The primary and long-term objective of this monograph is to initiate a debate on development aid, and to lay out a doable strategy for ending aid dependence.
An exit strategy from aid dependence requires a radical shift both in the mindset and in the development strategy of countries dependent on aid, and a deeper and direct involvement of people in their own development. It also requires a radical and fundamental restructuring of the institutional aid architecture at the global level.
A more immediate objective is to start a dialogue with the OECD’s Paris Declaration on Aid Effectiveness, which forms the basis of a high level meeting in September 2008 in Accra, and to caution the developing countries against endorsing the Accra Action Agenda (the ‘Triple A’) offered by the OECD.
If adopted, it could subject the recipients to a discipline of collective control by the donors right down to the village level. And this will especially affect the present donor-dependent countries, in particular the poorer and more vulnerable countries in Africa, Asia, Latin America and the Caribbean.
A simple schema (Table 1) at the end of this Foreword illustrates the differences between the strategy of the Paris Declaration on Aid Effectiveness and the South Centre’s aid exit strategy. Beyond the Paris Declaration, there is still the question: What then? There has to be a strategy for ending aid dependence, to exit from it.
There are countries in the South that have more or less graduated out of aid, such as India, China, Brazil and Malaysia, and there are others which will soon self-propel themselves out of aid dependence. In fact, aid was never a strong component in the development of either India or China.
They have been reliant on their own domestic savings and the development of a domes- tic market through the protection of local enterprises and local innovation. They have opened themselves up in recent years to the challenge of globalisation and foreign competition only after ensuring that their own markets were strong enough.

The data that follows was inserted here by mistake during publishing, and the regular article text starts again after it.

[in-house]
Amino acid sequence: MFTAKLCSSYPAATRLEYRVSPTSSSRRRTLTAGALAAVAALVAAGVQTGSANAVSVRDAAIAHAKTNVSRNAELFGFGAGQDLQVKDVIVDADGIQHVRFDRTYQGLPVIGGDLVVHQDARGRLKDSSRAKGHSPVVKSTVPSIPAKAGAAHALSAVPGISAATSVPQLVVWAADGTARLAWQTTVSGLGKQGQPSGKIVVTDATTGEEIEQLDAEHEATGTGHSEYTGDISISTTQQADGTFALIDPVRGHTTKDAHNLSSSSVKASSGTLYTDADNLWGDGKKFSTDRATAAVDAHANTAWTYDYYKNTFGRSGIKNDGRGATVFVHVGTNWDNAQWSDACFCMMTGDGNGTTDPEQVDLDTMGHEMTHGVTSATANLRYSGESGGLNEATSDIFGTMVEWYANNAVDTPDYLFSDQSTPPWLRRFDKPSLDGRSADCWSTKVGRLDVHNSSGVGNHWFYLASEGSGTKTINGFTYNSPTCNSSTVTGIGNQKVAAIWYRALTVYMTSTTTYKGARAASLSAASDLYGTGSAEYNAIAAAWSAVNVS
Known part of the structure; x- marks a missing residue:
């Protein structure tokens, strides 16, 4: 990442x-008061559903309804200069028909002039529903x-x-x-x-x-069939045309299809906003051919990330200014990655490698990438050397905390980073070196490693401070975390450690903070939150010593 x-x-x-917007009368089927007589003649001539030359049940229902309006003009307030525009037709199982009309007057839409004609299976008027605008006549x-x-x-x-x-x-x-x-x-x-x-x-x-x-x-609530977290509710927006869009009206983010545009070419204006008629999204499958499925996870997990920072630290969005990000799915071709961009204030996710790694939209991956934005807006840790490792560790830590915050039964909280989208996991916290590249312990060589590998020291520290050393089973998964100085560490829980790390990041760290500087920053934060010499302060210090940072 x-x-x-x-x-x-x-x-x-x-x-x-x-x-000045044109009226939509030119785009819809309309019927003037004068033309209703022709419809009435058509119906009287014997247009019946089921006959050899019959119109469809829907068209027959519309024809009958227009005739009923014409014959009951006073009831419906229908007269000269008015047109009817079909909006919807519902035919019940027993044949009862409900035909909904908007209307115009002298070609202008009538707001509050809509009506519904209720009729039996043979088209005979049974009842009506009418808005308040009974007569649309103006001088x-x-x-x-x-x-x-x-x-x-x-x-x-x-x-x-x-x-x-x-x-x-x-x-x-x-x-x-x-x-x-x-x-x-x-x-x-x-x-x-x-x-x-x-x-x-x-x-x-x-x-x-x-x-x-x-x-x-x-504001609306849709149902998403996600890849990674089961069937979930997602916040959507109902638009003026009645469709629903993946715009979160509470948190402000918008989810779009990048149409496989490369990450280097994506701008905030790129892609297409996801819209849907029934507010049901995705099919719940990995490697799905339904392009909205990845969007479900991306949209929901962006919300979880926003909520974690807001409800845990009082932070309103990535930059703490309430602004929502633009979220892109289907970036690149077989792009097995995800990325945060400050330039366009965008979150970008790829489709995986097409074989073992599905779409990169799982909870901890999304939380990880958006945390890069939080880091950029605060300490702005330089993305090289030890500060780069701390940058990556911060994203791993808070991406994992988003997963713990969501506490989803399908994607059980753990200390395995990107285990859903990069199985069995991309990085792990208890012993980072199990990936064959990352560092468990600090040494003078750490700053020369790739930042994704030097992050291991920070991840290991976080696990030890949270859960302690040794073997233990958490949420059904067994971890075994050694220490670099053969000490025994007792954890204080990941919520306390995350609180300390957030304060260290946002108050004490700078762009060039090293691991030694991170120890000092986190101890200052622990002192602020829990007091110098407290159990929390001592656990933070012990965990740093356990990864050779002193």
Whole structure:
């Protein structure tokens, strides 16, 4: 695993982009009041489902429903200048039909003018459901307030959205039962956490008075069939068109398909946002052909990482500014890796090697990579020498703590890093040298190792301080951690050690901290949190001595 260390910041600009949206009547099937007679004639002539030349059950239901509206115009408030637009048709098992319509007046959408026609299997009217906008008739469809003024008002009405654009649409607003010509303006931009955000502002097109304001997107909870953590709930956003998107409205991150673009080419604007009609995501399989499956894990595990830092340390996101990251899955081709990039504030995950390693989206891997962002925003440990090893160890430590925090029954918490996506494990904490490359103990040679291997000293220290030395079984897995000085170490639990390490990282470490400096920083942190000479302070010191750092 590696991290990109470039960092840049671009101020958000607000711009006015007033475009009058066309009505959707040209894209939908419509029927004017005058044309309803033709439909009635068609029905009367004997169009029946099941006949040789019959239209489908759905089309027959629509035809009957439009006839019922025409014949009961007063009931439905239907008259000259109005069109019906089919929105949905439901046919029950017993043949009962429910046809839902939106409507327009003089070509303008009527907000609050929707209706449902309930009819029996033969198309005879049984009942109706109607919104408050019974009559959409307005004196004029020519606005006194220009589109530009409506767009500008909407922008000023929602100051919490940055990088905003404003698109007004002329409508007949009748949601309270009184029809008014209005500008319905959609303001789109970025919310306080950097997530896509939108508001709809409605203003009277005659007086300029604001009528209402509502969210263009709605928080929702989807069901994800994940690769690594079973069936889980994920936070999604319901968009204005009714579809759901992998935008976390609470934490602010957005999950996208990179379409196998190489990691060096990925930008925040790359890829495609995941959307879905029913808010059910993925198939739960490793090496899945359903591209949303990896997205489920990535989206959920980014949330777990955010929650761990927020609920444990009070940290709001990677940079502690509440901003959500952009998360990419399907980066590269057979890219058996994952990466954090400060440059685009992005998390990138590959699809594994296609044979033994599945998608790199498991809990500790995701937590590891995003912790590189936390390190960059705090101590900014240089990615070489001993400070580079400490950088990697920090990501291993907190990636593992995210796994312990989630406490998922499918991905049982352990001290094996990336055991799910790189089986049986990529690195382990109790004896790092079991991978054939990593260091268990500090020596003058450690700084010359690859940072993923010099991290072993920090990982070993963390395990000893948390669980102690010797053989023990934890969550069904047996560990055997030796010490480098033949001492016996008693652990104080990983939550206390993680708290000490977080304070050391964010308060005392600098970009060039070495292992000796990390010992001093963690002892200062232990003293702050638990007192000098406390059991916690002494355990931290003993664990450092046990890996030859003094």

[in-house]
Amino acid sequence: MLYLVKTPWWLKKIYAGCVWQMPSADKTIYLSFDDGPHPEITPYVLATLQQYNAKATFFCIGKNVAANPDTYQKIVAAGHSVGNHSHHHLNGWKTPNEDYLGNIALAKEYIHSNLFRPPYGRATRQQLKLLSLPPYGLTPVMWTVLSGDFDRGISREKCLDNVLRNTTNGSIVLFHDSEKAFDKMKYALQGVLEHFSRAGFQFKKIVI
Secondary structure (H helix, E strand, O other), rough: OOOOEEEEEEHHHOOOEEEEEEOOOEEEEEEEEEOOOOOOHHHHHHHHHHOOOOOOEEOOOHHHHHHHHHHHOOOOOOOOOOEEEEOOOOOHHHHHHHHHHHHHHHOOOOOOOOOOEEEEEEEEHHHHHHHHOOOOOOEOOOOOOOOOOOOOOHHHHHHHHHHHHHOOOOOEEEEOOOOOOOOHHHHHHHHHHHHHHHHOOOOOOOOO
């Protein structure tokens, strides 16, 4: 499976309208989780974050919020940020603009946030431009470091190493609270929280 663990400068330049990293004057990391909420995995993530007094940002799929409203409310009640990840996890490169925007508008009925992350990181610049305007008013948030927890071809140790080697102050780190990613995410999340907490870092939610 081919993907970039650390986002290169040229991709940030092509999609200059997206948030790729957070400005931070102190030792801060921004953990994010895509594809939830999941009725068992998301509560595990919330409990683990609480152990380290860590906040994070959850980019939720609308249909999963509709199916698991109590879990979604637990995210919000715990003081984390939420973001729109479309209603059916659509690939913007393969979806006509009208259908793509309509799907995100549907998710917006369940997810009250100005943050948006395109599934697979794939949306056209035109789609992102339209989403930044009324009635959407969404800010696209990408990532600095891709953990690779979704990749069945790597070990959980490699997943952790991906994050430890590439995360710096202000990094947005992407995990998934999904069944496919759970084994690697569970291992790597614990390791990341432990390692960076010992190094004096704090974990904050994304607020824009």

Brazil, on the other hand, was an aid-dependent country until only recently. Both Brazil and Malaysia have succeeded in ending their aid dependence through strong nationally oriented investment and trade policies. These included supporting and protecting the domestic market and export promotion, as well as the currency, fiscal and monetary policies that go with them.
In an earlier period, during the 1960s and 1970s, the so-called tiger economies of Korea, Singapore, Taiwan-China and Hong Kong ended their aid dependence mainly in the context of the Cold War.
These countries were able to use the opportunity provided by the Cold War not only to draw substantial capital from the West, mainly the US, but also to build their production, infra- structural facilities (banking, finance, transport, communications, etc) and export capacity.
They took advantage of the relatively open US market to export the products of their early manufacturing growth. They benefited from the fact that the US needed them to fight communism in that part of the world.
This enabled them to initiate state-supported industrialisation without having to account to institutions such as the World Bank and the IMF, to import technology without having to pay huge fees for intellectual property rights, and to build strong reserve funds.
This book is not about them, although valuable lessons can be learnt from them. We are now living in a different period of history. This book is about countries that were neither able to take advantage of the Cold War period, nor had the benefit of a large domestic market and entrepreneurial class to develop an endogenous development strategy.
We are therefore talking largely about the hundred or so countries that fall within the classification of least developed countries (LDCs), the middle-income countries that are not LDCs but are still struggling to become economically independent from foreign aid, and the vulnerable, small and island economies.
Geographically, these countries occupy the huge land mass of Africa, large parts of Asia and Latin America, the Caribbean and the Pacific islands.
The message of this book needs to be seriously considered and debated by all those that are interested in the development of the countries of the South. If this means the rethinking of old concepts and methods of work, then let it be so.
*Benjamin W. Mkapa was President of Tanzania 1995-2005.